October 23, 2012


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July/August 2006 Issue | Volume 32 Number 5 | Page 36

Personal Technology Profiles

Brian Lewis
Baizer & Kolar P.C.
Highland Park, Illinois



Practice focus: Personal injury, medical malpractice, product liability, wrongful death.



Laptop or desktop: Laptop, but I have a monitor at my desk so I can have two screens going at once. This facilitates trial preparation when I am using several different programs.

Wired or wireless: Wired at my desk, wireless when I work in our conference rooms or library.

Browser: Internet Explorer.

E-mail: Outlook Express.

Search engine: FindLaw, WestLaw, Google.

Antivirus: Sophos.

Backups: Tape.

Security on the road: Firewalls and VPN.

Remote access: VPN.

Cell phone or PDA: Palm Pilot.

Substantive tools: Calendaring, case tracking and CRM: Time Matters; Document assembly: WordPerfect ; Group tools: Summation, Sanction by Verdict Systems, Time Matters, CaseMap and TimeMap; Presentation software: Summation, Sanction, Time Matters, CaseMap and TimeMap, and PowerPoint.

Who do you call when you need help or repairs? Computer Bits, Inc., a small, high-end computer support boutique that helps me with everything. They're terrific.

Greatest technology challenge: Because we're always the smaller firm up against larger firms, I need to be aware of every new tool that can give my clients an advantage. Buying technology is easy, but using it effectively is hard—and you can't have your systems crashing during trial. It's a balance.

Pet technology peeve: When big-firm defense attorneys with enormous insurance company war chests call my courtroom technology "bells and whistles." I can't count how many times multi-billiondollar corporations come to trial with dirty cardboard boxes stuffed with paper and tell the jury that they're going to do it "the old-fashioned way," as though doing so is commendable or heroic. The software I use at trial isn't gratuitously flashy. It is inexpensive and relatively easy to use. I can enlarge or highlight documents with the click of a button and move efficiently through medical charts or company records. Jurors appreciate that and we've gotten fantastic results because of it. Today's jurors get quickly bored by presentations that look like they were prepared on a typewriter with white-out. And a bored jury isn't paying attention to your case.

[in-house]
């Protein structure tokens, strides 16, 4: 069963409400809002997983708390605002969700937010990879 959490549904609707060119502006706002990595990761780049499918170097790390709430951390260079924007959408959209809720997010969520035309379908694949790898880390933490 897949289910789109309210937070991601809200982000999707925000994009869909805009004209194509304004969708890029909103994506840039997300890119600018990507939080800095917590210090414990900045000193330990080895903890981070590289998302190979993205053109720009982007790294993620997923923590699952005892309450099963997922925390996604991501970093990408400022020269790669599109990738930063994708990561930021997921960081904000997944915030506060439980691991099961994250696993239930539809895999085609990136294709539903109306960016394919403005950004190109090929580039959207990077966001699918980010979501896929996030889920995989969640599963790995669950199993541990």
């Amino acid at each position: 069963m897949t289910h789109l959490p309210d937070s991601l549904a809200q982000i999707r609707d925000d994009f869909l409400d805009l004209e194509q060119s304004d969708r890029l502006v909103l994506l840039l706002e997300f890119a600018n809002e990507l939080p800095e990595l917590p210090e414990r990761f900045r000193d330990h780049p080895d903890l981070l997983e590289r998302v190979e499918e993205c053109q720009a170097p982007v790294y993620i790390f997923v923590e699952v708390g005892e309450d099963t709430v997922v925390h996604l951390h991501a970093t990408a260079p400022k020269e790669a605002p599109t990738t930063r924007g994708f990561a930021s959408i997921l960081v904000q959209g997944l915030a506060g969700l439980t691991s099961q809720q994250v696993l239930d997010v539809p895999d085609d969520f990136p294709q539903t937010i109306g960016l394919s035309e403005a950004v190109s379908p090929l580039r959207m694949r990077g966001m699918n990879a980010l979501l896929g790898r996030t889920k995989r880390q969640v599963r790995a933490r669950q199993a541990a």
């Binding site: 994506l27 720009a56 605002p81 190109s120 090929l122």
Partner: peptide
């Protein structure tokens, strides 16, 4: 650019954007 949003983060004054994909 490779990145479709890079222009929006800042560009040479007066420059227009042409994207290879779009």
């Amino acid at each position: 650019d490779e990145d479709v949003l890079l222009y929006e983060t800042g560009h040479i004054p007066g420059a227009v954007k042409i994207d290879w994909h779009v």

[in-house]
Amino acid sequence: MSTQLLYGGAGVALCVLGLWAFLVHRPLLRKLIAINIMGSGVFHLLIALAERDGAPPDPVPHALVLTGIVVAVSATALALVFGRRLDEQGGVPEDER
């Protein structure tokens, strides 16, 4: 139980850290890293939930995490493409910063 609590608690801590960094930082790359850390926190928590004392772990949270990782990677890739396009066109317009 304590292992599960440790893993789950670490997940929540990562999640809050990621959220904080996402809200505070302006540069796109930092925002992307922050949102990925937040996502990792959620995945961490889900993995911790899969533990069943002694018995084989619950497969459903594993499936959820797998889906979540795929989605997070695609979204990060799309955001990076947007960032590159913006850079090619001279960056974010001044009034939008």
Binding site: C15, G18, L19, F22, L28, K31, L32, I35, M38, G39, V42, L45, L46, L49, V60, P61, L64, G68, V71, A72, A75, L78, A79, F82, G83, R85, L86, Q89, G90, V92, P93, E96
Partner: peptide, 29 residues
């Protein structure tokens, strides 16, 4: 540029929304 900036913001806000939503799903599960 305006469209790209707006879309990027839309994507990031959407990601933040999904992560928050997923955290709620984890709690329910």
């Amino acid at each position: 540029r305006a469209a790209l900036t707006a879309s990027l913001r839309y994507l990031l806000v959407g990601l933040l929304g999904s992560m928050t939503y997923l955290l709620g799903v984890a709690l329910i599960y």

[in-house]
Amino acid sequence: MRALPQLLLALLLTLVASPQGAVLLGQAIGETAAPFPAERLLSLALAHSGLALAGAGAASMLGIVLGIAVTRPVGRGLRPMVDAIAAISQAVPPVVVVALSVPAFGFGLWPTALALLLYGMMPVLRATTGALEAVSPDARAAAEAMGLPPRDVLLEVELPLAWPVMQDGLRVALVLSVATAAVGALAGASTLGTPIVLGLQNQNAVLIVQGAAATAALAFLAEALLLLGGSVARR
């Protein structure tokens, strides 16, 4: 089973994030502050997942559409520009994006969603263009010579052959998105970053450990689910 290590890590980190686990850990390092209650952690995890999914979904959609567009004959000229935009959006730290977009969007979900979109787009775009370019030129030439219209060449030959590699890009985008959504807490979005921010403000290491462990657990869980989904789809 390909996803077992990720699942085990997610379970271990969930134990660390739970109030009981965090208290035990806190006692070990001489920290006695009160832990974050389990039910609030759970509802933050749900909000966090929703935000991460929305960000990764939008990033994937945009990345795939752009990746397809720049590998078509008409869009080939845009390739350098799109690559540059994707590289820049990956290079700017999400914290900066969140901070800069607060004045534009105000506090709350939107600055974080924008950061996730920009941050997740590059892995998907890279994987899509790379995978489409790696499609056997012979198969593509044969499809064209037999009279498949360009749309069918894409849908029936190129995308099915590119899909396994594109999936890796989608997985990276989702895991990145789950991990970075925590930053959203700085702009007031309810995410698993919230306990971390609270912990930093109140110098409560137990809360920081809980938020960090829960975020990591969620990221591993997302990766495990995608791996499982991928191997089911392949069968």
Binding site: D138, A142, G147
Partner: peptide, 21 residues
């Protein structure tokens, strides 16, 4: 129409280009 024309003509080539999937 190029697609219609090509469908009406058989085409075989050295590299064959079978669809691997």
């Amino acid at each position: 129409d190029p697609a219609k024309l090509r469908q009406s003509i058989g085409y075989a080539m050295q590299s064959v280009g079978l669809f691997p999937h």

Embarrassing technology secret: I can't scan a document to save my life.

Working philosophy when it comes to technology: Use it, and use it better than your opponent. Our clients are victims of someone else's negligence. They've been hit by a truck, or been in a plane crash, or seriously injured by a defective product or a hospital's malpractice. The defendants are invariably backed by insurance companies with unlimited spending power, so we always face an uphill battle. To help us win, I look for every advantage, and the most significant advantage can be technology. I try to use it more strategically and effectively than the other side, to allow me to cross-examine experts succinctly, explain difficult concepts simply and visually, and manage countless details seamlessly. My goal is to see justice served for "the little guy."